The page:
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New Moncton store eyes the finish line

As published in the Times & Transcript

November 7, 2014

Work continues at the new Mapleton Crossing project. PHOTO RON WARD/TIMES & TRANSCRIPT

It’s a question that real estate developer Jeff McManaman often receives but doesn’t tire of hearing: “When is the new Princess Auto and Cabela’s going to open?”

The answer can now be known: Princess Auto aims to open its new and much larger Moncton premises in March, followed later in the spring by the first Cabela’s Canada outlet in Eastern Canada.

Both are under construction now at the new Mapleton Crossing retail development.

The development is located strategically at the intersection of the Trans-Canada Highway and Mapleton Road, so that shoppers will see it first when they drive into Moncton for a shopping trip, and perhaps just as importantly, they’ll also be able to make it their last shopping stop on their way home.

“Cabela Court is now finished, has been finished and has been conveyed to the City of Moncton,” the CEO of Cordova Realty says.

The special outdoor lighting that counters light pollution is going up, the street signs have been erected, traffic lights await the day the new retail development opens for business, the landscaping is well underway and will be finished in the spring and a new access has been built into neighbouring Mapleton Park and handed over to the city.

Most of the project is ahead of schedule, McManaman says.

It’s been an ambitious dream that is expected to generate about $40 million in construction spending alone by the time it’s done. To put that into perspective, that’s almost half the cost of Moncton’s proposed new downtown entertainment centre.

And the two main tenants are using about 40 per cent of developable land, leaving room for much more to come. Potential new tenants for the remainder of the property are hammering out the details with Cordova right now, but no one is saying anything until everyone has signed on their respective dotted lines.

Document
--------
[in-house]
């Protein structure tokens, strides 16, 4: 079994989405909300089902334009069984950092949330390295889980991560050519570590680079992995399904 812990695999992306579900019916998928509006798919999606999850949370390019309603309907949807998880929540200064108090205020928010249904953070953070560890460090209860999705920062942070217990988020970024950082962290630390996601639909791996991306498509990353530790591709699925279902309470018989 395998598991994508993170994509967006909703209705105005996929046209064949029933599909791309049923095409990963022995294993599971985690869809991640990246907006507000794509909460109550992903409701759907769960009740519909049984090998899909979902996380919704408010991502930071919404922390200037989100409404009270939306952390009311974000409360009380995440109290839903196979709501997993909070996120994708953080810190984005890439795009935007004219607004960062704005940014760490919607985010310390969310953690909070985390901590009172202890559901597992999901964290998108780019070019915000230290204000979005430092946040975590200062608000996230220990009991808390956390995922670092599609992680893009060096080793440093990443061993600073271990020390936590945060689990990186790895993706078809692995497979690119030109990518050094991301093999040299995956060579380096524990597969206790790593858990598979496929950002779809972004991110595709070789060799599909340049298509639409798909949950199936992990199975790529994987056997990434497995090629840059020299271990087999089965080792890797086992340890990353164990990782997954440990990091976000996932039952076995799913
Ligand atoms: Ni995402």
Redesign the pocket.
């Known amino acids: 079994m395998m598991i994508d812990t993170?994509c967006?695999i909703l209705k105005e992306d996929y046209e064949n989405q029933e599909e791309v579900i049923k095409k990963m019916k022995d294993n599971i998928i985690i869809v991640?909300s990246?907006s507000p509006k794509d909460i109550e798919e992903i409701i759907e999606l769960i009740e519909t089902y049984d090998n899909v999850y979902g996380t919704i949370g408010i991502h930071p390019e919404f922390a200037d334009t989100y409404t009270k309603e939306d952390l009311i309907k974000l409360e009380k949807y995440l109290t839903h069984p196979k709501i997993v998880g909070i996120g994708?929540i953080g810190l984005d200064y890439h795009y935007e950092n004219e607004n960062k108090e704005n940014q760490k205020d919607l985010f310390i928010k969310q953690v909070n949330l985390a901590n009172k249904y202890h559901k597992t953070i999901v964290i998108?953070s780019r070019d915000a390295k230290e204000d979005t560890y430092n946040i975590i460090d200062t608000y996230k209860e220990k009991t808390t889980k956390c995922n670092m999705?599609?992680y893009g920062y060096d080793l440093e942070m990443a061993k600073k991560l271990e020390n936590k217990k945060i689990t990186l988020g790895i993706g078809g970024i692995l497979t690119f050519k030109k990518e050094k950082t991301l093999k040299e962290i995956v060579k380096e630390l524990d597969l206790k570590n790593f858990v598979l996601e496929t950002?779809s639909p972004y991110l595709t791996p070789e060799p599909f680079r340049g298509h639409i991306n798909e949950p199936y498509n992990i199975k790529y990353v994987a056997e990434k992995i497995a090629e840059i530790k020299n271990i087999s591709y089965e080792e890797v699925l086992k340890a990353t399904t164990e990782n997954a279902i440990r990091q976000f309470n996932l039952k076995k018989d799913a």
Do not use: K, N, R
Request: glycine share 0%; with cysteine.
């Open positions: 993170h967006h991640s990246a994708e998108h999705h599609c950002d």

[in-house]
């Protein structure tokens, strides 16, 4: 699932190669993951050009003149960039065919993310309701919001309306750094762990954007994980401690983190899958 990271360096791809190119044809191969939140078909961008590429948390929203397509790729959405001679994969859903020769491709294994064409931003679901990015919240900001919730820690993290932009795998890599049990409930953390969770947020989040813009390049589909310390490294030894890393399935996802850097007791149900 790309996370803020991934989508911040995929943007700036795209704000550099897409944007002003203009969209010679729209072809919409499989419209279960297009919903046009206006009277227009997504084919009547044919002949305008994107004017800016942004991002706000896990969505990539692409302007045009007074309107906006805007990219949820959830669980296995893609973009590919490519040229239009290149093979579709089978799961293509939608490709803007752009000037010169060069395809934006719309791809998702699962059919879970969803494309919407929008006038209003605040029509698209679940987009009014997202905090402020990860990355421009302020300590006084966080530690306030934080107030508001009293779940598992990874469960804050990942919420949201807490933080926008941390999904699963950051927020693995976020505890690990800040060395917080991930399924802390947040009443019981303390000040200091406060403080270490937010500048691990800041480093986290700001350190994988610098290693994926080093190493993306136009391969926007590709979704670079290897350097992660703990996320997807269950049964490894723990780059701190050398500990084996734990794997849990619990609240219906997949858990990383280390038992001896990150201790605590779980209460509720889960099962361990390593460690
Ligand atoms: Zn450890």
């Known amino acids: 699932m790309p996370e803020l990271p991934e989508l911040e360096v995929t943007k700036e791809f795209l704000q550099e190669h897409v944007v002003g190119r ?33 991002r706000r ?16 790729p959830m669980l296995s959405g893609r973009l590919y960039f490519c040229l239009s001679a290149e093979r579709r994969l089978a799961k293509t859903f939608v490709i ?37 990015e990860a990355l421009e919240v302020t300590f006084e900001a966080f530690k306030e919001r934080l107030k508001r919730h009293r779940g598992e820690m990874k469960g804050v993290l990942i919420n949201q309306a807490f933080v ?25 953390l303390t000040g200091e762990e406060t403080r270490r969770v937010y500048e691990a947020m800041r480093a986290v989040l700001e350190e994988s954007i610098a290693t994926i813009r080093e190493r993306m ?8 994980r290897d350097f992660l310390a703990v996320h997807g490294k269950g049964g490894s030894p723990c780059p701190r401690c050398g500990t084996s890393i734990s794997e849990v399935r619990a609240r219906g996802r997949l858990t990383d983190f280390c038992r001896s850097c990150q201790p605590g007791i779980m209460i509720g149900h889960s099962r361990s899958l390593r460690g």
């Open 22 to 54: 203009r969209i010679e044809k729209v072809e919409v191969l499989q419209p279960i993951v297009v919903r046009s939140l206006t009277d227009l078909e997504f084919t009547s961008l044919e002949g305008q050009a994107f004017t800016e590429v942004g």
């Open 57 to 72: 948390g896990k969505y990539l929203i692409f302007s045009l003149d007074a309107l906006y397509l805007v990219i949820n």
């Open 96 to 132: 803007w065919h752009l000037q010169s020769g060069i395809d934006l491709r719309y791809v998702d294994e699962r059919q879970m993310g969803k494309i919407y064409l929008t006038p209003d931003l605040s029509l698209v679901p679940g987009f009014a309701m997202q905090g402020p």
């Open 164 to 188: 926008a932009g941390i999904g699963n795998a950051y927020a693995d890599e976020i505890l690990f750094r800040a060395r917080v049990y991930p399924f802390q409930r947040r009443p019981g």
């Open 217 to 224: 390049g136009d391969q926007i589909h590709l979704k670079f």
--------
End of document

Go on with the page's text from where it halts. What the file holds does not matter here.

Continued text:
Cordova is seeking other retail-oriented tenants, plus a restaurant.

To gauge the scope of this project, Cordova points out that so far the project has created dozens of high-paying jobs. The Princess Auto project alone required seven consultants who employed more than 28 people, and 29 different trades worked on the building and surrounding property, using 120 more employees.

Building Cabela Court, the main street leading into the project (almost all Cabela’s outlets in North America have their street named after them) required six consultants employing more than two dozen people, and almost 100 workers from four different trades. Building the store itself required hiring nine consultants and their three dozen employees, who brought in 33 trades with another 160 workers or so.

A nearby stream that was cluttered, dirty and almost devoid of life was moved to the tune of about $1 million and enhanced as a fish habitat. That stream is now home to brook trout that can be readily seen in their improved home waters at certain times of the year.

While it is not yet known how many people will work in the two stores, they will certainly number in the hundreds while the property taxes from the development will reach into the millions.

“It’s quite shocking,” McManaman says of those striking figures.

Cordova spent more than $12 million on construction so far and expects to break ground in the spring for a third retailer to be announced in the new year.

Princess Auto has established a beachhead in most major Maritime cities, attesting to the retailer’s popularity. It is a destination for buying everything from tools to household gadgets to electronics.

Cabela’s will be the only such outlet east of Barrie, Ont., and north of New England. Those not familiar with the chain have trouble grasping how Cabela’s is more than a hunting and fishing store, with goods ranging from lingerie to housewares, including items you won’t find elsewhere and of course every manner of outdoors gear one can imagine. It’s estimated that thousands of Atlantic Canadians, eastern Quebecers and northern Maine residents travel to Cabela’s southern Maine store every year, and now almost all of those shoppers will choose Moncton because it’s much closer. When their Barrie store opened earlier this year, customers camped out in the parking lot days in advance of the doors, and in fact the Moncton store already has posts erected with power outlets at their dedicated RV-parking areas, for overnighters which are common at the store.

The Barrie store broke all records for the number of people who showed up for a Cabela’s grand opening, the massive parking lot full to overflowing with people, the lineup spilling down the street.

“Moncton will break that record,” McManaman says.

“Just watch.”